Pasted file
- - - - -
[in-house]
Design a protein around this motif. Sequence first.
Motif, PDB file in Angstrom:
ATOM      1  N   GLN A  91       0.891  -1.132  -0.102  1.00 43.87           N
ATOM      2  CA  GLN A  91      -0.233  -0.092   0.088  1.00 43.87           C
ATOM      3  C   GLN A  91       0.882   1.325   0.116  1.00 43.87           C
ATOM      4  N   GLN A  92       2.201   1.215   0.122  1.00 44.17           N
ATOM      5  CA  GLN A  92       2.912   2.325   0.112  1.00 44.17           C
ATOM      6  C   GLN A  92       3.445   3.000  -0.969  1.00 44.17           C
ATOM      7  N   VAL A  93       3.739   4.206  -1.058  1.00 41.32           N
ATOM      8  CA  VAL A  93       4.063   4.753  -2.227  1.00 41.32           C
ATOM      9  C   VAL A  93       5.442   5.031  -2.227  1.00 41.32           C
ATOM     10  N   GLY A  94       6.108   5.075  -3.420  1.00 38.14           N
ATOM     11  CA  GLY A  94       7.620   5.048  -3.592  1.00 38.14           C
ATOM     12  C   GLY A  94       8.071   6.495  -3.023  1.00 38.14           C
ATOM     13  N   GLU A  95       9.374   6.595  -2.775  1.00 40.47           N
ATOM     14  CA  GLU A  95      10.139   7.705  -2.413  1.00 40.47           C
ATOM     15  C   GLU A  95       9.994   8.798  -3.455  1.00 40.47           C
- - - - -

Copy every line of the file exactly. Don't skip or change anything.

[in-house]
Design a protein around this motif. Sequence first.
Motif, PDB file in Angstrom:
ATOM      1  N   GLN A  91       0.891  -1.132  -0.102  1.00 43.87           N
ATOM      2  CA  GLN A  91      -0.233  -0.092   0.088  1.00 43.87           C
ATOM      3  C   GLN A  91       0.882   1.325   0.116  1.00 43.87           C
ATOM      4  N   GLN A  92       2.201   1.215   0.122  1.00 44.17           N
ATOM      5  CA  GLN A  92       2.912   2.325   0.112  1.00 44.17           C
ATOM      6  C   GLN A  92       3.445   3.000  -0.969  1.00 44.17           C
ATOM      7  N   VAL A  93       3.739   4.206  -1.058  1.00 41.32           N
ATOM      8  CA  VAL A  93       4.063   4.753  -2.227  1.00 41.32           C
ATOM      9  C   VAL A  93       5.442   5.031  -2.227  1.00 41.32           C
ATOM     10  N   GLY A  94       6.108   5.075  -3.420  1.00 38.14           N
ATOM     11  CA  GLY A  94       7.620   5.048  -3.592  1.00 38.14           C
ATOM     12  C   GLY A  94       8.071   6.495  -3.023  1.00 38.14           C
ATOM     13  N   GLU A  95       9.374   6.595  -2.775  1.00 40.47           N
ATOM     14  CA  GLU A  95      10.139   7.705  -2.413  1.00 40.47           C
ATOM     15  C   GLU A  95       9.994   8.798  -3.455  1.00 40.47           C